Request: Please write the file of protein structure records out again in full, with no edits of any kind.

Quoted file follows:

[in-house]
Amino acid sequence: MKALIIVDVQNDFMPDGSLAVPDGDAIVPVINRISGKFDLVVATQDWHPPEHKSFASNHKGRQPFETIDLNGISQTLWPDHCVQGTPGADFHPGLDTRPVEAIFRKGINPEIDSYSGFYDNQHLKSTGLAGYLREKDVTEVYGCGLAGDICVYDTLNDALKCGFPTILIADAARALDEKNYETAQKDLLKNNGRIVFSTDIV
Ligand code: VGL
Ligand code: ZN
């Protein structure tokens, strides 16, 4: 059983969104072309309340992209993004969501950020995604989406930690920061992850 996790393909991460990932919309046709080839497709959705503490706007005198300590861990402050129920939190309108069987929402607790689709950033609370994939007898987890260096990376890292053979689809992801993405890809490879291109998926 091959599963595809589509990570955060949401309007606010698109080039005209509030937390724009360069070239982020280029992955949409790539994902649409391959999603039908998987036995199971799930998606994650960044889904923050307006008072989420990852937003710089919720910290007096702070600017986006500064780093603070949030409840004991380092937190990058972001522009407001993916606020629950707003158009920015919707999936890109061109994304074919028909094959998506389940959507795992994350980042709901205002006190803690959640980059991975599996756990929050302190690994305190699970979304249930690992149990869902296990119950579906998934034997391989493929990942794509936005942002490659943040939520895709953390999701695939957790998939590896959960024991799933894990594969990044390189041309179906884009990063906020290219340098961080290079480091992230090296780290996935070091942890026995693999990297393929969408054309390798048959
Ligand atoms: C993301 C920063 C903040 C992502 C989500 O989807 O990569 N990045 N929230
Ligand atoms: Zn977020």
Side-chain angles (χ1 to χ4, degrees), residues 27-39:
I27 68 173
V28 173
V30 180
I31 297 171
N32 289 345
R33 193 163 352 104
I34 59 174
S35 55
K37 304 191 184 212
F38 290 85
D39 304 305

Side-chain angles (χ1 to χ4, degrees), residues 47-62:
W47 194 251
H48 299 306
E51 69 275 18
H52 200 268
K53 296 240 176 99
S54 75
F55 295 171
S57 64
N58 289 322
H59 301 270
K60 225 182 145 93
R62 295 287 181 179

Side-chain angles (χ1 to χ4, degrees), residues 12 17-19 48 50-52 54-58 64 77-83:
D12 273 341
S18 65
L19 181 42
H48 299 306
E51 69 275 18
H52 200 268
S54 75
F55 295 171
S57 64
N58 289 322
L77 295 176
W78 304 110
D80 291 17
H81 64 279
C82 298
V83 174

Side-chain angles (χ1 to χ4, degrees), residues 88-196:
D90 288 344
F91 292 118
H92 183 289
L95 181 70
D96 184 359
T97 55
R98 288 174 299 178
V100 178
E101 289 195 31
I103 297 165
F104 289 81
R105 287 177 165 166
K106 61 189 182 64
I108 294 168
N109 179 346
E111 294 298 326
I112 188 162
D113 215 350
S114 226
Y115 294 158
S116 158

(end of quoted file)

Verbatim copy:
[in-house]
Amino acid sequence: MKALIIVDVQNDFMPDGSLAVPDGDAIVPVINRISGKFDLVVATQDWHPPEHKSFASNHKGRQPFETIDLNGISQTLWPDHCVQGTPGADFHPGLDTRPVEAIFRKGINPEIDSYSGFYDNQHLKSTGLAGYLREKDVTEVYGCGLAGDICVYDTLNDALKCGFPTILIADAARALDEKNYETAQKDLLKNNGRIVFSTDIV
Ligand code: VGL
Ligand code: ZN
């Protein structure tokens, strides 16, 4: 059983969104072309309340992209993004969501950020995604989406930690920061992850 996790393909991460990932919309046709080839497709959705503490706007005198300590861990402050129920939190309108069987929402607790689709950033609370994939007898987890260096990376890292053979689809992801993405890809490879291109998926 091959599963595809589509990570955060949401309007606010698109080039005209509030937390724009360069070239982020280029992955949409790539994902649409391959999603039908998987036995199971799930998606994650960044889904923050307006008072989420990852937003710089919720910290007096702070600017986006500064780093603070949030409840004991380092937190990058972001522009407001993916606020629950707003158009920015919707999936890109061109994304074919028909094959998506389940959507795992994350980042709901205002006190803690959640980059991975599996756990929050302190690994305190699970979304249930690992149990869902296990119950579906998934034997391989493929990942794509936005942002490659943040939520895709953390999701695939957790998939590896959960024991799933894990594969990044390189041309179906884009990063906020290219340098961080290079480091992230090296780290996935070091942890026995693999990297393929969408054309390798048959
Ligand atoms: C993301 C920063 C903040 C992502 C989500 O989807 O990569 N990045 N929230
Ligand atoms: Zn977020």
Side-chain angles (χ1 to χ4, degrees), residues 27-39:
I27 68 173
V28 173
V30 180
I31 297 171
N32 289 345
R33 193 163 352 104
I34 59 174
S35 55
K37 304 191 184 212
F38 290 85
D39 304 305

Side-chain angles (χ1 to χ4, degrees), residues 47-62:
W47 194 251
H48 299 306
E51 69 275 18
H52 200 268
K53 296 240 176 99
S54 75
F55 295 171
S57 64
N58 289 322
H59 301 270
K60 225 182 145 93
R62 295 287 181 179

Side-chain angles (χ1 to χ4, degrees), residues 12 17-19 48 50-52 54-58 64 77-83:
D12 273 341
S18 65
L19 181 42
H48 299 306
E51 69 275 18
H52 200 268
S54 75
F55 295 171
S57 64
N58 289 322
L77 295 176
W78 304 110
D80 291 17
H81 64 279
C82 298
V83 174

Side-chain angles (χ1 to χ4, degrees), residues 88-196:
D90 288 344
F91 292 118
H92 183 289
L95 181 70
D96 184 359
T97 55
R98 288 174 299 178
V100 178
E101 289 195 31
I103 297 165
F104 289 81
R105 287 177 165 166
K106 61 189 182 64
I108 294 168
N109 179 346
E111 294 298 326
I112 188 162
D113 215 350
S114 226
Y115 294 158
S116 158